The evening of a clear summer day was darkening when the carriage conveyed them into Vauxhall station. The gas jets flared high up but were little needed still; even under the shadow of the platform roof one could see what was going on without artificial aid.
And there was so much going on. Sarnia had been in railway stations often enough, but never for so important an occasion as the departure of a boat train. The bustle of passengers and their friends, of porters and hawkers and entertainers, was unlike anything she had witnessed. A group of three officers swaggered past, brilliant in their scarlet uniform, and Mrs Jelain whispered that they were of the 54th, at present garrisoning the island but due soon to be relieved. Sarnia keenly felt the excitement of it all, and the misgivings she had suffered during the day were completely banished. It was unthinkable that she might have missed this!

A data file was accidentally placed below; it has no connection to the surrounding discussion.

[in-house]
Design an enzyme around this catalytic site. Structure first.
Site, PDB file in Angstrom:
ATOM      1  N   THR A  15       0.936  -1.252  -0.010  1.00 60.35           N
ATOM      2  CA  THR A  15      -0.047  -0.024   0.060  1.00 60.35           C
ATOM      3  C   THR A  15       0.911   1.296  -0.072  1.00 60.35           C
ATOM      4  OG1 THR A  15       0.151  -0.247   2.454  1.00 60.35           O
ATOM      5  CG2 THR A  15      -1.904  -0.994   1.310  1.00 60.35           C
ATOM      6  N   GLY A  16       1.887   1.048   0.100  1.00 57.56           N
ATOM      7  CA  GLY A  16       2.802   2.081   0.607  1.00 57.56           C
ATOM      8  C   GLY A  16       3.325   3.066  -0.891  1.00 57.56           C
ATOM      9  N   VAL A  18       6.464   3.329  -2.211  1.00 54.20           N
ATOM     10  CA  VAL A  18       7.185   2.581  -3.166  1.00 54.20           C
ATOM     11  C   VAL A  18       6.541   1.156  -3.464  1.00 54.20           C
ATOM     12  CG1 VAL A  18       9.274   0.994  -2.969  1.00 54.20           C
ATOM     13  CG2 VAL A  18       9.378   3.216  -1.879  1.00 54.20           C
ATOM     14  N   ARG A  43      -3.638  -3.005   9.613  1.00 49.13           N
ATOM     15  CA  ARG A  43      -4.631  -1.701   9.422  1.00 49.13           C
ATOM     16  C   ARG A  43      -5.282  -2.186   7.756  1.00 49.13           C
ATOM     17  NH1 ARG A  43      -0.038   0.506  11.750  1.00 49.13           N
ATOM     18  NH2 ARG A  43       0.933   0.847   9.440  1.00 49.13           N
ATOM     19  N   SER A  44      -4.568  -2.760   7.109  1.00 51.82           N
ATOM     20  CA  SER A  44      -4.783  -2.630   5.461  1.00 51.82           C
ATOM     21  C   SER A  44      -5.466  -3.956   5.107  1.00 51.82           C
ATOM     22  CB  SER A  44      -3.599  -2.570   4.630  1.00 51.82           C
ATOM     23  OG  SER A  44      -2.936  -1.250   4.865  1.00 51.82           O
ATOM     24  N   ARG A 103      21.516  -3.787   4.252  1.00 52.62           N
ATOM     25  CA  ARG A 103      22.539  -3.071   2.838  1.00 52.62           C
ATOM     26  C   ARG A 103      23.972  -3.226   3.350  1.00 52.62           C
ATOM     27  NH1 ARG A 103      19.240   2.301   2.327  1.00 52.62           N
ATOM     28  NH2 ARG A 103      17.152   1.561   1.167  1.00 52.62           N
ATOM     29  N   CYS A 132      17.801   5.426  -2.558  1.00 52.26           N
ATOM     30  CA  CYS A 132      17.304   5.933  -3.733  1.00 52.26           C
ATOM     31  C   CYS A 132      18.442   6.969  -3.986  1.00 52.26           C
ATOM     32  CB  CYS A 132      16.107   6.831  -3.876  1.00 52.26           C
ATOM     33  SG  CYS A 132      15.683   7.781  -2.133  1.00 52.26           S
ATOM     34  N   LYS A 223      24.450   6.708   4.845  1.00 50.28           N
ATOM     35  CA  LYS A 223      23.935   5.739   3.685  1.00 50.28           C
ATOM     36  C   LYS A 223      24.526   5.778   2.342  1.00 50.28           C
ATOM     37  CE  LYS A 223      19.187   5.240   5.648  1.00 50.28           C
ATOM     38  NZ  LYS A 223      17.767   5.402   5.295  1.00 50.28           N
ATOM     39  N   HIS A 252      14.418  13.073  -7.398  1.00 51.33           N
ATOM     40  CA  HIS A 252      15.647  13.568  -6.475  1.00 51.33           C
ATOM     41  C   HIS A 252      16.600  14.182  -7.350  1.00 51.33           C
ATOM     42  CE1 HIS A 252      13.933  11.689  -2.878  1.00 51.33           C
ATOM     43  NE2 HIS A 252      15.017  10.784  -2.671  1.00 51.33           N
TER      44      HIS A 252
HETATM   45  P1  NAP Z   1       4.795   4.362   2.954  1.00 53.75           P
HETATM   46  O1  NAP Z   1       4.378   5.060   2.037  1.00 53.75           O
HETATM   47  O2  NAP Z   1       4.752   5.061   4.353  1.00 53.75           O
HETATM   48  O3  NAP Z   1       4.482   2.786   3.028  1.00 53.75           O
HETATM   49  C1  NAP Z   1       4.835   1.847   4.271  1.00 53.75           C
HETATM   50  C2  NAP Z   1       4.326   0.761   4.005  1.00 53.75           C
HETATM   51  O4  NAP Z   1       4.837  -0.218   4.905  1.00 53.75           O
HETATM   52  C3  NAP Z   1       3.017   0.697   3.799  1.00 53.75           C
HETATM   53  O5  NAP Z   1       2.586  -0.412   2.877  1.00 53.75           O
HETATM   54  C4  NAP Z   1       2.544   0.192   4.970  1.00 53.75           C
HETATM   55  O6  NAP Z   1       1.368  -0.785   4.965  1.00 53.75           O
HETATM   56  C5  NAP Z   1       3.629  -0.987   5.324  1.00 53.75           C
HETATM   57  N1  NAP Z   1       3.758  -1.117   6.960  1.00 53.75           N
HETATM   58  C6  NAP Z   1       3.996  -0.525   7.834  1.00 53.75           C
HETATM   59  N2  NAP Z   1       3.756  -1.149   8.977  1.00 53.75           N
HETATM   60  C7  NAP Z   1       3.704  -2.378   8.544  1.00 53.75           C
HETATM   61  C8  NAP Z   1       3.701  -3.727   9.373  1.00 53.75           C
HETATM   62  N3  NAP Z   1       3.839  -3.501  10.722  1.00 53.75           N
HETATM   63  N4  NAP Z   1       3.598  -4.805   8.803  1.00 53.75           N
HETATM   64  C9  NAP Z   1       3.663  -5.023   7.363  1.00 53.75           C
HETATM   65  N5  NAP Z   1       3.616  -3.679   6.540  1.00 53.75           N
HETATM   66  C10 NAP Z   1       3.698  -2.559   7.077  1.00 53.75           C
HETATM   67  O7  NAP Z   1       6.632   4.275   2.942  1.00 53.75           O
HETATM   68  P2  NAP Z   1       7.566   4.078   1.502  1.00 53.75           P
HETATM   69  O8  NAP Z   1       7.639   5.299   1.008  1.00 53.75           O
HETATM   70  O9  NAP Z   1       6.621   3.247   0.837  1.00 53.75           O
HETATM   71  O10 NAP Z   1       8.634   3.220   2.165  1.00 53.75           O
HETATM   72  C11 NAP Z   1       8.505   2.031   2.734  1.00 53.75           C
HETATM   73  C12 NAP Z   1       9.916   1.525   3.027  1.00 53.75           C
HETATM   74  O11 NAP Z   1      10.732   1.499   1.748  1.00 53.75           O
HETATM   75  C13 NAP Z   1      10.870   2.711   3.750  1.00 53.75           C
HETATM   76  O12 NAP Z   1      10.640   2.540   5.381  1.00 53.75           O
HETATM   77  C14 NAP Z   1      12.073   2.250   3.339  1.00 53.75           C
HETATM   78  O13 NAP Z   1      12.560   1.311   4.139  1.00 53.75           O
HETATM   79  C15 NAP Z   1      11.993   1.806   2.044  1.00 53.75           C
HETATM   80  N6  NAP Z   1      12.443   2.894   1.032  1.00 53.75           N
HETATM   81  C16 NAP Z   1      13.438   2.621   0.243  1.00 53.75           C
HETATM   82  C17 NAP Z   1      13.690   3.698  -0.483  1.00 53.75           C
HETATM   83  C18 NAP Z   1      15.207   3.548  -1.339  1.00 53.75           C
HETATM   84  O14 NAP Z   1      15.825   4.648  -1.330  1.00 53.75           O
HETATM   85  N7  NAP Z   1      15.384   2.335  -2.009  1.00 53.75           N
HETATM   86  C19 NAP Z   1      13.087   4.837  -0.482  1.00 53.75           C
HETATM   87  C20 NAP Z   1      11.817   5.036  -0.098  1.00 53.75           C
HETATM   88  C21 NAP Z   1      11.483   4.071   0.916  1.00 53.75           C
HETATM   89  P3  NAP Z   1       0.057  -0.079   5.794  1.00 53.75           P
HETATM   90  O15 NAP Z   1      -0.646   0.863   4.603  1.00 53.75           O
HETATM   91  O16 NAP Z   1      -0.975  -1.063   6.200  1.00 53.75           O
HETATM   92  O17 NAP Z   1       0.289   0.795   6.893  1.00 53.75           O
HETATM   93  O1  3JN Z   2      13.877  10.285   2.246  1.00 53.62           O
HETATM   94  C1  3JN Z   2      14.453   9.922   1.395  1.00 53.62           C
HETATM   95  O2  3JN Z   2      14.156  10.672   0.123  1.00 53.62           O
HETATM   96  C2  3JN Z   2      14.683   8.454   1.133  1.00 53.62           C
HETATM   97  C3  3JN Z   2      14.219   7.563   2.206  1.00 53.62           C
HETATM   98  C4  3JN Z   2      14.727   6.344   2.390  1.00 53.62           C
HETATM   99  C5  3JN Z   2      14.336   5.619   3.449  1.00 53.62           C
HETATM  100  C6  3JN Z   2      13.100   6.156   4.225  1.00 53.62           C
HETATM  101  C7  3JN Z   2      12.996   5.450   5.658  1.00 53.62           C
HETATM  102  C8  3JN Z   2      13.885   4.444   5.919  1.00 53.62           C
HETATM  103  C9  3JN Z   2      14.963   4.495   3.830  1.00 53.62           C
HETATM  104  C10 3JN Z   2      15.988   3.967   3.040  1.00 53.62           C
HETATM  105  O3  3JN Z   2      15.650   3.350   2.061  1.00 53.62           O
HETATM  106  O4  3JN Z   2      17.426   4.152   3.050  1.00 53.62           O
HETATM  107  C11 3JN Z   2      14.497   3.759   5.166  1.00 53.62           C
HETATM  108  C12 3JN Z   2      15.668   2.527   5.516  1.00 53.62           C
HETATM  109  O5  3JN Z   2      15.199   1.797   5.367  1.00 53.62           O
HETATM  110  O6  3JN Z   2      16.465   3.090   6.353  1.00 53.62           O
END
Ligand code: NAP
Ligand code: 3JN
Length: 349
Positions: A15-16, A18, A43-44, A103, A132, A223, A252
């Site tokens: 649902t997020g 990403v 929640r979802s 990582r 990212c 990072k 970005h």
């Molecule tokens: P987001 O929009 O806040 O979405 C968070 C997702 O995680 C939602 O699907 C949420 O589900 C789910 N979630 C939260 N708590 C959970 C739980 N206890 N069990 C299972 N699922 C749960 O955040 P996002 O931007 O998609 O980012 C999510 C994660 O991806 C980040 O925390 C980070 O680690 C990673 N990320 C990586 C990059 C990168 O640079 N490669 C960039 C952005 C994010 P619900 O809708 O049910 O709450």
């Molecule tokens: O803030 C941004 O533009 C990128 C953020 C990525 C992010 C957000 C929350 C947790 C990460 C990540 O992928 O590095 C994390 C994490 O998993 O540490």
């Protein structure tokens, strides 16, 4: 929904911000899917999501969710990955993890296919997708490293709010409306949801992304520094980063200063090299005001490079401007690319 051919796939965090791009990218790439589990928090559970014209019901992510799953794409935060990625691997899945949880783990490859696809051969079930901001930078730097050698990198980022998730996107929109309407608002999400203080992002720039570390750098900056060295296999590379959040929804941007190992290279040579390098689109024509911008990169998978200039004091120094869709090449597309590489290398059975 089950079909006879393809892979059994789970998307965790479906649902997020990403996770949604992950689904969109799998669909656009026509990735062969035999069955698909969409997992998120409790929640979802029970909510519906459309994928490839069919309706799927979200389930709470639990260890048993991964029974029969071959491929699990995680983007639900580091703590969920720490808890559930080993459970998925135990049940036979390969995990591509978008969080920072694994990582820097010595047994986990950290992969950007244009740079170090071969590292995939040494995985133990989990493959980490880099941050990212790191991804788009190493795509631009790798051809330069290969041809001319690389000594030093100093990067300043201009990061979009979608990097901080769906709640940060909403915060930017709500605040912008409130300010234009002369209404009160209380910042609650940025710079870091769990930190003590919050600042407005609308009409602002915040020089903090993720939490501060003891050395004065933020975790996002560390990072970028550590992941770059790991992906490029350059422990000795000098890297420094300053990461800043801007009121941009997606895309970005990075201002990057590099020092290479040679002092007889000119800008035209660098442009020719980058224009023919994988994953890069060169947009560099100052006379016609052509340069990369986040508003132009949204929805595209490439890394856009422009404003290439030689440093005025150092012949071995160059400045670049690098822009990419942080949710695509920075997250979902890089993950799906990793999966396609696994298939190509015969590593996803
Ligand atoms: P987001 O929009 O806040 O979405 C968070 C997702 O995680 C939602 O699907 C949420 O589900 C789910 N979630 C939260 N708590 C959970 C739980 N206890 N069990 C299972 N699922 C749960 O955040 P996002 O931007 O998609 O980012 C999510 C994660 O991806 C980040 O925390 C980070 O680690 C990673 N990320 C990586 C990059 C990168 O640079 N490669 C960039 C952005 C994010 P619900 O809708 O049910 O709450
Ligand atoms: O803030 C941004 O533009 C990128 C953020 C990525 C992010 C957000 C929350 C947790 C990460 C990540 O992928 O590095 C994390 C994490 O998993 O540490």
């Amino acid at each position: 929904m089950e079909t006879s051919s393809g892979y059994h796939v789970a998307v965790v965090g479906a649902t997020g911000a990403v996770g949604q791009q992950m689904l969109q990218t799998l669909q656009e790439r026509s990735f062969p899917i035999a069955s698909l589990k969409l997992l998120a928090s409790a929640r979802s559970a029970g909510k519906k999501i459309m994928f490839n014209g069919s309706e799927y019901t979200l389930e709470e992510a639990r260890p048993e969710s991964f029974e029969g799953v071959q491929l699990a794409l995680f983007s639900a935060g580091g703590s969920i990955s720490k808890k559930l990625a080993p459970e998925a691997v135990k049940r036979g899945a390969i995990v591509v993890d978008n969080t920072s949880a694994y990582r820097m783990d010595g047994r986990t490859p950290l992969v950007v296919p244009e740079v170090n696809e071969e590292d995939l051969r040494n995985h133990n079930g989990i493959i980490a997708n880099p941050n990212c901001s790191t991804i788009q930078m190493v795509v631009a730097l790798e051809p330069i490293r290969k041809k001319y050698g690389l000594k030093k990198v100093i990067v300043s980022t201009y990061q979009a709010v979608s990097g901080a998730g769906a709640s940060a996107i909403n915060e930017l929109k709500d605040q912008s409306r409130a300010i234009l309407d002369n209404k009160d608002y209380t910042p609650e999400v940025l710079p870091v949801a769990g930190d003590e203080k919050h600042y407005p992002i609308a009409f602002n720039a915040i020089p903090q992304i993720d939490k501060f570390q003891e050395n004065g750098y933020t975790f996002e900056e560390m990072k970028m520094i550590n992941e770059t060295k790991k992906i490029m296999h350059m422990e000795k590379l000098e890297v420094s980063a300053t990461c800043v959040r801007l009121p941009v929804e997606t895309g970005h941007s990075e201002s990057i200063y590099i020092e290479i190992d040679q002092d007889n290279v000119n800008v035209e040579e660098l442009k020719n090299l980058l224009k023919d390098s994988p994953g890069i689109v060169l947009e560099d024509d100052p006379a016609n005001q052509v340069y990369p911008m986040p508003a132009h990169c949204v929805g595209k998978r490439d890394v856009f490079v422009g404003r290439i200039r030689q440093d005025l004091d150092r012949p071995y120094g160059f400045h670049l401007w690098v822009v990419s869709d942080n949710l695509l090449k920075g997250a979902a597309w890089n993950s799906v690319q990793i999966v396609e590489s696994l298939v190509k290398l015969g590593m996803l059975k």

The opulence of the First Class carriage was another welcome novelty: Mr Jelain installed them in it and departed. The oil lamps were already lit, and the guard himself came to check that they were properly trimmed and burning well. He affected to remember Mrs Jelain from the inward journey, and inquired after her holiday in London. He was a merry-looking, portly man, with curling white side-whiskers, and he promised them a good crossing to the island. The sea that morning had been calm as a pond, and there was no sign of the weather breaking. Then, touching his cap, he passed on down the train.